Chocolate can relieve pain. Surprise, surprise.
A study, published in the Journal of Neuroscience by authors Peggy Mason, Ph.D., professor of neurobiology, and Hayley Foo, Ph.D., research associate professor of neurobiology at the University of Chicago, demonstrated the effect of chocolate, and apparently water also, in experiments conducted on rats.
If you can’t put your PETA-supporting selves on the shelf for a sec, skip this next part.
The rats were given a chocolate chip, sugar water, or water. As they consumed these items, a light bulb beneath the cage was turned on, creating a source of heat that generally made the rat lift its paw. When consuming chocolate or water, however, the rats were much slower to respond to the heat than they were otherwise. This is interesting because to date, it was believed that sugar was the cause of lowered sensitivity to pain.
Mason and Foo repeated the heat test and gave the rats were quinine, a bitter drink. In this instance, the rats reacted to heat as quickly as usual, which suggests that non-pleasurable food or drink fails to trigger pain relief.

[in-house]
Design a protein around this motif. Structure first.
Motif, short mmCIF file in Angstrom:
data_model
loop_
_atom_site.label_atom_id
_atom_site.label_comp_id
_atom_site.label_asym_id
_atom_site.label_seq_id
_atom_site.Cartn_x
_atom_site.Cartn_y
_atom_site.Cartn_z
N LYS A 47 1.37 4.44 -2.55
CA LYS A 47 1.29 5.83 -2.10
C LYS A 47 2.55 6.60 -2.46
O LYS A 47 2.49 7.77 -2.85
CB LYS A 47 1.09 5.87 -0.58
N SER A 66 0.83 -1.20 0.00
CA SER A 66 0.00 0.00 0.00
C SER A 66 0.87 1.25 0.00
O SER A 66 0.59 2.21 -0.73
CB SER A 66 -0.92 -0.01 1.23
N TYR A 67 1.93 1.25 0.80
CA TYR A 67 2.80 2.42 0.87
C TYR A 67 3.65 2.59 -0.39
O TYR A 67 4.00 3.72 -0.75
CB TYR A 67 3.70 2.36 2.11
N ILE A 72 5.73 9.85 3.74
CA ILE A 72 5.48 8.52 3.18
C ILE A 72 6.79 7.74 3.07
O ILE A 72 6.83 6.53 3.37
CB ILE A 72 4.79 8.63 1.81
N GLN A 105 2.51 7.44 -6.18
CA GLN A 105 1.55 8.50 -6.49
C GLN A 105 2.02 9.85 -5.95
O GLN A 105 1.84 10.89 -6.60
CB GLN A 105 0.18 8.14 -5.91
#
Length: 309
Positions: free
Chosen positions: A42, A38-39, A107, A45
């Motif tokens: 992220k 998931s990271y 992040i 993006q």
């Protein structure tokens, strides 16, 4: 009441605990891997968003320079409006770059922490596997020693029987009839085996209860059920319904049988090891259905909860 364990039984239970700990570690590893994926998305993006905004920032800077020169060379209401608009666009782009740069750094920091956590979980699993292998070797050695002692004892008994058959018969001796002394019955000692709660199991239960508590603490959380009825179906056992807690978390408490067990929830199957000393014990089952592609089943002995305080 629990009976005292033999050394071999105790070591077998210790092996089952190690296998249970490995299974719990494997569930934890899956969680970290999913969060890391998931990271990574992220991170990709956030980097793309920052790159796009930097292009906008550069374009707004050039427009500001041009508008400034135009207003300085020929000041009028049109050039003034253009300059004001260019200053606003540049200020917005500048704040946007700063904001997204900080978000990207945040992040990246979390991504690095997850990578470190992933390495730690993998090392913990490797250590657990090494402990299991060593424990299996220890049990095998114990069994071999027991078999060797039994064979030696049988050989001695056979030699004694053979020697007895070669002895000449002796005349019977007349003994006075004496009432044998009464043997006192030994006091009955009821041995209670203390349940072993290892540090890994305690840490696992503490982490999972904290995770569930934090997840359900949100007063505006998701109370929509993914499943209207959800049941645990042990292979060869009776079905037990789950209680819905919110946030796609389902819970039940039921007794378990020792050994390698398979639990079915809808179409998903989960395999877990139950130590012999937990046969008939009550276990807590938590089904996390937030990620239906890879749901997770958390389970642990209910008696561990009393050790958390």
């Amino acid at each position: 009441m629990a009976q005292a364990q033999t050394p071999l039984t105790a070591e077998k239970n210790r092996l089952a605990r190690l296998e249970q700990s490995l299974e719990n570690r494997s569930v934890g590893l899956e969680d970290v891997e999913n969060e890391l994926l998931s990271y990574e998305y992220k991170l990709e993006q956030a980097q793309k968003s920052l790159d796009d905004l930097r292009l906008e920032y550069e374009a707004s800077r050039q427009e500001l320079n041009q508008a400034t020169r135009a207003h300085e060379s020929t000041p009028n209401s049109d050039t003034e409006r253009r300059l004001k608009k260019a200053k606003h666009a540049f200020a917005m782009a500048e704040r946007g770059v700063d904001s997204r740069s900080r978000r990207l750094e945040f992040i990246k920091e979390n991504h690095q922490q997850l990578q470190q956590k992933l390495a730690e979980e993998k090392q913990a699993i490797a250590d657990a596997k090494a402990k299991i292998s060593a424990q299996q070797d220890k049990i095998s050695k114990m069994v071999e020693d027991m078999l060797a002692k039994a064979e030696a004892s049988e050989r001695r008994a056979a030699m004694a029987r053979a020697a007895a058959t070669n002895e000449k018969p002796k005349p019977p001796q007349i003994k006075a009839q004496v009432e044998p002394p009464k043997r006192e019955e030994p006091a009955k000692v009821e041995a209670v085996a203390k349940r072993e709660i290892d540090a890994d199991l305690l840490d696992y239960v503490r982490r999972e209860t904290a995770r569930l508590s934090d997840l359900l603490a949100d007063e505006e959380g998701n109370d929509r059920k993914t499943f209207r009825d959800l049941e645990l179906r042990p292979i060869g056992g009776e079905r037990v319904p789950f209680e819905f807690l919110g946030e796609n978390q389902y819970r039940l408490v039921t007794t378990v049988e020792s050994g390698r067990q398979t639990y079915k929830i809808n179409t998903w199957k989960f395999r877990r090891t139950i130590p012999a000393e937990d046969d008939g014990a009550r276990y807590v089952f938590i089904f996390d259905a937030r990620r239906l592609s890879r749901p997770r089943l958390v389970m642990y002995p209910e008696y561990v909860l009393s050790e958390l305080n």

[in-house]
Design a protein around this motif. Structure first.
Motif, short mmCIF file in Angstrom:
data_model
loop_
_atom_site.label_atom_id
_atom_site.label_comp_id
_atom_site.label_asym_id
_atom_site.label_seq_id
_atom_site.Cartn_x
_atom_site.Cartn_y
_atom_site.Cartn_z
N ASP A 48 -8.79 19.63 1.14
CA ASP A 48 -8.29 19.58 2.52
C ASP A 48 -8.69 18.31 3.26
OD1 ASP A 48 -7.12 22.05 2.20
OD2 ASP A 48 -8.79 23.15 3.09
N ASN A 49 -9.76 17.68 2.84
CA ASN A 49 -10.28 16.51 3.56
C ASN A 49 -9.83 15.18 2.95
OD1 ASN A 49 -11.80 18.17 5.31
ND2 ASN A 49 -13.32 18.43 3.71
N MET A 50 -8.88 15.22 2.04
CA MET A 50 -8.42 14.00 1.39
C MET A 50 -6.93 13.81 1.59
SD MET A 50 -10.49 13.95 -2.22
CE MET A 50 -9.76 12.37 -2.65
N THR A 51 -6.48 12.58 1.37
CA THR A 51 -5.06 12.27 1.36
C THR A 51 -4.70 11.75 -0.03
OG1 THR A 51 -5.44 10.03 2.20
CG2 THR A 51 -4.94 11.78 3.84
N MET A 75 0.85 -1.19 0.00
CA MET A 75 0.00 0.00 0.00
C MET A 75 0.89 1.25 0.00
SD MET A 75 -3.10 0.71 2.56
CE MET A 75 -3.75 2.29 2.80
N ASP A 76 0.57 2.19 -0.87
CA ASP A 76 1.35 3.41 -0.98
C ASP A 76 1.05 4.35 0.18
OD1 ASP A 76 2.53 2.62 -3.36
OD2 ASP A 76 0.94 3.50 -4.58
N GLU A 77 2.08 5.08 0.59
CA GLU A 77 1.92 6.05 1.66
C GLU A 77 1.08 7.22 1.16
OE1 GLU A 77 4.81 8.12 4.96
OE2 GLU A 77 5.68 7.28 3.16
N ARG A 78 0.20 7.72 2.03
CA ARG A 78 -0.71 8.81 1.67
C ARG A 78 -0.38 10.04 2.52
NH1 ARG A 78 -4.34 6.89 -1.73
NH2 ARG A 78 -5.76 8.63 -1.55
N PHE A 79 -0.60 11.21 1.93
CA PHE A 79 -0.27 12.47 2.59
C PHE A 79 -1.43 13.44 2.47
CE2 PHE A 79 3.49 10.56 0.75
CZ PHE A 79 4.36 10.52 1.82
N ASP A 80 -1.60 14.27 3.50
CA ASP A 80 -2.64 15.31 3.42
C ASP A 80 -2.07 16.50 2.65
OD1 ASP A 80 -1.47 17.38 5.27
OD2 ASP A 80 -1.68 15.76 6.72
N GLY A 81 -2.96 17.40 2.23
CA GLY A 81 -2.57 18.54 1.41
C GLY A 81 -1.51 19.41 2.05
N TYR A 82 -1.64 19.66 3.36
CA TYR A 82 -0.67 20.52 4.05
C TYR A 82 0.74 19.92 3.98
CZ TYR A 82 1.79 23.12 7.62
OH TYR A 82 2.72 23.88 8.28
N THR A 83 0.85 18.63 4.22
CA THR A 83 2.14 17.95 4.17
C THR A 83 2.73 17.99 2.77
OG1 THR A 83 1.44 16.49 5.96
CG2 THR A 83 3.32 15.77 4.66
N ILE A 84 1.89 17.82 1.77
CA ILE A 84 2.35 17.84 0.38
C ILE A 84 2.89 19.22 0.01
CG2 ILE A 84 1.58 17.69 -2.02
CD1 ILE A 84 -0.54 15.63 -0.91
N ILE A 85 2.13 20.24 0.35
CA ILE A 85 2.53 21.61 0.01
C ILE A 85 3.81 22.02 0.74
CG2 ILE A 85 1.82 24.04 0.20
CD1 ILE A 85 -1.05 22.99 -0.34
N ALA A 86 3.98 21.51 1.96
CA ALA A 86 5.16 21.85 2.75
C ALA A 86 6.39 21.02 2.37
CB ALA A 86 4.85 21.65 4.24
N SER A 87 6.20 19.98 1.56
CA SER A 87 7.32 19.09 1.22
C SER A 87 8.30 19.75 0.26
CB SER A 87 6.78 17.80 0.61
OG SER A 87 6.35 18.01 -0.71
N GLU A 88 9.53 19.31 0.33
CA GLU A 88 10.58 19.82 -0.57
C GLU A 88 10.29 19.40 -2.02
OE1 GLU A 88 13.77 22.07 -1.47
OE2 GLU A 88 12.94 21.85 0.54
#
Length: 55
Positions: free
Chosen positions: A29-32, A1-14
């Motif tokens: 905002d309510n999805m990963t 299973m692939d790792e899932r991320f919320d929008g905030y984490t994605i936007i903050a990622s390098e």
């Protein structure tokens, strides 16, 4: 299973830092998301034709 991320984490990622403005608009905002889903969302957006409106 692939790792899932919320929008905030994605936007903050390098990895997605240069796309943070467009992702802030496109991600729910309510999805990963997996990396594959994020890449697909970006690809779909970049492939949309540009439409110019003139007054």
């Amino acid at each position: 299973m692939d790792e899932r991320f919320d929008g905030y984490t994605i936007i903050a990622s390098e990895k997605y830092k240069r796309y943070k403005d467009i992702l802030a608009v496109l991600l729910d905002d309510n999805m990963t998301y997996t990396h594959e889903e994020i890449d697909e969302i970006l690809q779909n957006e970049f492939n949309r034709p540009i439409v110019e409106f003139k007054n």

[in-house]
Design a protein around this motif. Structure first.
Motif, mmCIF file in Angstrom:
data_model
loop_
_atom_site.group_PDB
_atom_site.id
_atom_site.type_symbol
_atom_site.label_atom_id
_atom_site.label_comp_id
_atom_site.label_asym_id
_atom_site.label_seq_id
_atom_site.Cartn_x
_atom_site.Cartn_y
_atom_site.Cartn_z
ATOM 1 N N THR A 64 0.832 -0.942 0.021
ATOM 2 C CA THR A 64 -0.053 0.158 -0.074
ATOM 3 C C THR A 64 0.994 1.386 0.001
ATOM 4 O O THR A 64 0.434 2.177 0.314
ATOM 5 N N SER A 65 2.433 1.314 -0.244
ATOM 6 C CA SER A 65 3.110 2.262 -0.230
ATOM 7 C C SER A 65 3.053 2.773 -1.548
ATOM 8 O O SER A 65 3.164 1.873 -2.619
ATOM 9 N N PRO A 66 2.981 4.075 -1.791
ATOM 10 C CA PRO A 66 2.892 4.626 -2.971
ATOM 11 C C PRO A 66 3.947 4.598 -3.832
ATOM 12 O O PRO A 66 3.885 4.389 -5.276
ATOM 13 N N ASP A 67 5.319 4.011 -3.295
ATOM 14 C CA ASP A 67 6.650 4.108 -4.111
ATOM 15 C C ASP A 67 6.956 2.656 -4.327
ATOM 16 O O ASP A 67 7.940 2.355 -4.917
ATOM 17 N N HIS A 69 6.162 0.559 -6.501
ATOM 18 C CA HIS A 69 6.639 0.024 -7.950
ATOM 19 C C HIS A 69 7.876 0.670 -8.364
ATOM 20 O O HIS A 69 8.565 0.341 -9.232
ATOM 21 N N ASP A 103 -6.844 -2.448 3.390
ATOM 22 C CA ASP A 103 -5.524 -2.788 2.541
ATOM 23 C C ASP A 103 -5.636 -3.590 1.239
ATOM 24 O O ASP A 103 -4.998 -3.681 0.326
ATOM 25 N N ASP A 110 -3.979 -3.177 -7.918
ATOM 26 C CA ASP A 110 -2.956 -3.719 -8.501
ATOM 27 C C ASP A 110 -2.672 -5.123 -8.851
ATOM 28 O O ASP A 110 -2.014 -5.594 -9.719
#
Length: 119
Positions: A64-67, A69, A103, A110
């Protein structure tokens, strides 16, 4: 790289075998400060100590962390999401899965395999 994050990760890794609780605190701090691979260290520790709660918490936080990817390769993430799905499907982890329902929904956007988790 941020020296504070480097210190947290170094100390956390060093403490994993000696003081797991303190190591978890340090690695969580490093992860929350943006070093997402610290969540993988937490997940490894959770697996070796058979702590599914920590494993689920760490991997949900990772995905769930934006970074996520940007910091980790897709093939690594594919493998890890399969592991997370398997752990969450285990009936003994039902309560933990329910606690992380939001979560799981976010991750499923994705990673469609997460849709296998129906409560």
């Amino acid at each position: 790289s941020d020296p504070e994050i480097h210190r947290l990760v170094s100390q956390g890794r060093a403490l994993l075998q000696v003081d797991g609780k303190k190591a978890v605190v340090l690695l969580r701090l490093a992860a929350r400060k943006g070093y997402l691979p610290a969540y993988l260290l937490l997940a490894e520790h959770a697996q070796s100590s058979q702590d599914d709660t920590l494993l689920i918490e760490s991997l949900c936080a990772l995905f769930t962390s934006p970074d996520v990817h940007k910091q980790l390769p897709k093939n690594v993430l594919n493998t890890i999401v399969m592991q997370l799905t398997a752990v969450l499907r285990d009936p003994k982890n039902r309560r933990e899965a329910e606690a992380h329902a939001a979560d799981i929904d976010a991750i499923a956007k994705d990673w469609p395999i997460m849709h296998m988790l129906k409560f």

A part of the brainstem called the raphe mangus, which is responsible for blunting pain during sleep, is thought to be at work during the consumption of pleasurable foods. The theory goes that animals need to focus on feeding to ensure survival, so when they encounter something pleasurable, the raphe mangus kicks in, enabling them to filter out distractions, such as heat and pain. The same part of the brainstem would not come into play if the food or liquid being ingested was not pleasant–possibly recognizing it as potentially toxic.
So, two things: chocolate is not quite Advil. And we don’t necessarily need sugar.